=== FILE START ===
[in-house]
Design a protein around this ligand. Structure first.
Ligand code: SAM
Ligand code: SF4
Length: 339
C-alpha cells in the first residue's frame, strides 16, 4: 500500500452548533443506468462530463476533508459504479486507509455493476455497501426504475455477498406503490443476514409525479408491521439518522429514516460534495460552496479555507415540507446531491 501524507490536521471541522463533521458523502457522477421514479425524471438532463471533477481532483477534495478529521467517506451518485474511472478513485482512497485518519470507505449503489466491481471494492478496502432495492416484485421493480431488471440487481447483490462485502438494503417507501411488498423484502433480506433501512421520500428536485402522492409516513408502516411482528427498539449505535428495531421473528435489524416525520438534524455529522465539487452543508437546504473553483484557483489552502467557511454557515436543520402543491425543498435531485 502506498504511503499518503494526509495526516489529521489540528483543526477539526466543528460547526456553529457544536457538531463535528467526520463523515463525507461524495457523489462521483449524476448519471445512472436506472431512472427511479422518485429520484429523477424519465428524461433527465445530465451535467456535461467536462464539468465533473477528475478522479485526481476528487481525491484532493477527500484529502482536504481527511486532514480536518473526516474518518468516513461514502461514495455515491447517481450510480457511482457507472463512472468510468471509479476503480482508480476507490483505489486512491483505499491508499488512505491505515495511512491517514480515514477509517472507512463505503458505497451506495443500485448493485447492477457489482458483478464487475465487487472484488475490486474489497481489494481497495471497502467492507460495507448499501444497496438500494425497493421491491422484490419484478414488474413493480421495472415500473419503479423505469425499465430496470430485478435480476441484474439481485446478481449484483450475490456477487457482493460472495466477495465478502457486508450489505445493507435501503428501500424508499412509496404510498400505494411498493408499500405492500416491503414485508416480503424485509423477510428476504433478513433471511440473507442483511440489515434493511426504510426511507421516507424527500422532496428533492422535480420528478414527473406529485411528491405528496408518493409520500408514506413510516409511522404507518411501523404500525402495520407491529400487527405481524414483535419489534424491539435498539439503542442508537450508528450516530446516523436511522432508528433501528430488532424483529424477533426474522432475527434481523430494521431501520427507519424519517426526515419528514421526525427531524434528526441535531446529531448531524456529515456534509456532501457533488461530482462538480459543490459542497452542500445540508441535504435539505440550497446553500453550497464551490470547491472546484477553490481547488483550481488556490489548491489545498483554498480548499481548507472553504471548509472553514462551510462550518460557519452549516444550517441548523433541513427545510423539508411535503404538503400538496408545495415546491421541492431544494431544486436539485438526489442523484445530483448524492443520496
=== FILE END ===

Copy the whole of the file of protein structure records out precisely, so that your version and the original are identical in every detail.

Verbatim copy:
[in-house]
Design a protein around this ligand. Structure first.
Ligand code: SAM
Ligand code: SF4
Length: 339
C-alpha cells in the first residue's frame, strides 16, 4: 500500500452548533443506468462530463476533508459504479486507509455493476455497501426504475455477498406503490443476514409525479408491521439518522429514516460534495460552496479555507415540507446531491 501524507490536521471541522463533521458523502457522477421514479425524471438532463471533477481532483477534495478529521467517506451518485474511472478513485482512497485518519470507505449503489466491481471494492478496502432495492416484485421493480431488471440487481447483490462485502438494503417507501411488498423484502433480506433501512421520500428536485402522492409516513408502516411482528427498539449505535428495531421473528435489524416525520438534524455529522465539487452543508437546504473553483484557483489552502467557511454557515436543520402543491425543498435531485 502506498504511503499518503494526509495526516489529521489540528483543526477539526466543528460547526456553529457544536457538531463535528467526520463523515463525507461524495457523489462521483449524476448519471445512472436506472431512472427511479422518485429520484429523477424519465428524461433527465445530465451535467456535461467536462464539468465533473477528475478522479485526481476528487481525491484532493477527500484529502482536504481527511486532514480536518473526516474518518468516513461514502461514495455515491447517481450510480457511482457507472463512472468510468471509479476503480482508480476507490483505489486512491483505499491508499488512505491505515495511512491517514480515514477509517472507512463505503458505497451506495443500485448493485447492477457489482458483478464487475465487487472484488475490486474489497481489494481497495471497502467492507460495507448499501444497496438500494425497493421491491422484490419484478414488474413493480421495472415500473419503479423505469425499465430496470430485478435480476441484474439481485446478481449484483450475490456477487457482493460472495466477495465478502457486508450489505445493507435501503428501500424508499412509496404510498400505494411498493408499500405492500416491503414485508416480503424485509423477510428476504433478513433471511440473507442483511440489515434493511426504510426511507421516507424527500422532496428533492422535480420528478414527473406529485411528491405528496408518493409520500408514506413510516409511522404507518411501523404500525402495520407491529400487527405481524414483535419489534424491539435498539439503542442508537450508528450516530446516523436511522432508528433501528430488532424483529424477533426474522432475527434481523430494521431501520427507519424519517426526515419528514421526525427531524434528526441535531446529531448531524456529515456534509456532501457533488461530482462538480459543490459542497452542500445540508441535504435539505440550497446553500453550497464551490470547491472546484477553490481547488483550481488556490489548491489545498483554498480548499481548507472553504471548509472553514462551510462550518460557519452549516444550517441548523433541513427545510423539508411535503404538503400538496408545495415546491421541492431544494431544486436539485438526489442523484445530483448524492443520496